Major Nidal Malik Hasan's odd behavior – telling colleagues that the United States was at war with Islam, justifying suicide bombing and saying his religious loyalties outweighed his oath to protect America – provided ample justification to kick him out of the Army under existing policies.
But a Senate committee report issued Thursday faults a culture of timidity toward violent Islamist extremism within the Department of Defense (DoD). That culture not only allowed Hasan to continue to serve as an Army psychiatrist, but contributed to glowing performance evaluations that helped the DoD and the FBI miss critical signs that Hasan was a "ticking time bomb."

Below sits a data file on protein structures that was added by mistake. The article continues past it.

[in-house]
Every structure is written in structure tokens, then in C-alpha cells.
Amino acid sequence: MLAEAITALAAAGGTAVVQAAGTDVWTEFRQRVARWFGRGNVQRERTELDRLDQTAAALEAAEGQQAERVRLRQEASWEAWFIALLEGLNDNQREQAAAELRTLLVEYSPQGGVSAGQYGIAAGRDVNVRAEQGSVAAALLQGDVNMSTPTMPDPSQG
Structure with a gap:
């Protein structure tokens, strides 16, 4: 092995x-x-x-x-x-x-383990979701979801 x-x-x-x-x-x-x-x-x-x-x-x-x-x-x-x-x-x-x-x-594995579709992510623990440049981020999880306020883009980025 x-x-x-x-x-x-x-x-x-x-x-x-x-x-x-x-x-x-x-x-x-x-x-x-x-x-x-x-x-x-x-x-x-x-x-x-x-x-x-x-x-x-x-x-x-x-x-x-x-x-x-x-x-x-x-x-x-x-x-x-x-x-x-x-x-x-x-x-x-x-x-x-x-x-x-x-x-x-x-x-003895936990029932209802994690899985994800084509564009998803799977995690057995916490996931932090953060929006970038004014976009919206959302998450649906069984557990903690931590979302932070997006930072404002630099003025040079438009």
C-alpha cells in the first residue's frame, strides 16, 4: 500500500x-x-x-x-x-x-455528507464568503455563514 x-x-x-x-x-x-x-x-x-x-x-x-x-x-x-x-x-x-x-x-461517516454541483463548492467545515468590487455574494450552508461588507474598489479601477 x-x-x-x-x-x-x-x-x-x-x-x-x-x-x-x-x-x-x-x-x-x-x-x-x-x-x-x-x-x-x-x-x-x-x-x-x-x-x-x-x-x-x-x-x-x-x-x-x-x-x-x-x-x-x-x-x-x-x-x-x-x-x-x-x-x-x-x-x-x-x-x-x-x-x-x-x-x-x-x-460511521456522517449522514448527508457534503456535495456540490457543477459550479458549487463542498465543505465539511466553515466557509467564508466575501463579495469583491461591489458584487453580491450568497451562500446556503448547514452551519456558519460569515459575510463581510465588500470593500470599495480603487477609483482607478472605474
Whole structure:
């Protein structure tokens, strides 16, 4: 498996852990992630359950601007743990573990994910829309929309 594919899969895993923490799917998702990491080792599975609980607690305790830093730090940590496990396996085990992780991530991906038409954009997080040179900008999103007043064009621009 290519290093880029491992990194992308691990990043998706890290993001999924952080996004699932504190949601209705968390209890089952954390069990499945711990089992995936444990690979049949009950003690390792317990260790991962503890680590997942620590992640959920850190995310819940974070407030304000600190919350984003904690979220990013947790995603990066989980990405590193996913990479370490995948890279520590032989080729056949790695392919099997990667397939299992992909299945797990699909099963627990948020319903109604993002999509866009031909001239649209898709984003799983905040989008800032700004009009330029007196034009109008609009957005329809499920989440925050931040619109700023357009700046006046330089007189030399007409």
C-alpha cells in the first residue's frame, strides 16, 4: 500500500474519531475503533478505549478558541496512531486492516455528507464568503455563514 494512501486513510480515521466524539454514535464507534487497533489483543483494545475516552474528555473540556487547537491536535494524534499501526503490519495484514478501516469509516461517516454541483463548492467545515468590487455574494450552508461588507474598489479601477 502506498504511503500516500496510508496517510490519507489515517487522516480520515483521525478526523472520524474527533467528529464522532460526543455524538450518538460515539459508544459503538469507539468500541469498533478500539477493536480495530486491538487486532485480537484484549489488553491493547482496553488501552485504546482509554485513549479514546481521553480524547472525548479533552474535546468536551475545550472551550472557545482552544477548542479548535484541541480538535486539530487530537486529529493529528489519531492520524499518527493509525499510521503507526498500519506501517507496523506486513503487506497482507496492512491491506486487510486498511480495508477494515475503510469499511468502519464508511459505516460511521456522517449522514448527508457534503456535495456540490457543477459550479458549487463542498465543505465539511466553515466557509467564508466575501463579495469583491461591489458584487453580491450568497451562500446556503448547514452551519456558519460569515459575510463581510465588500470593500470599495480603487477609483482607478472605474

That bomb went off Nov. 5, 2009, when Hasan is accused of opening fire inside a Fort Hood processing center, killing 13 people and wounding 32 others. The Senate Committee on Homeland Security and Governmental Affairs report lists "a string of failures" which allowed "the deadliest terrorist attack within the United States since September 11 ,2001" to take place.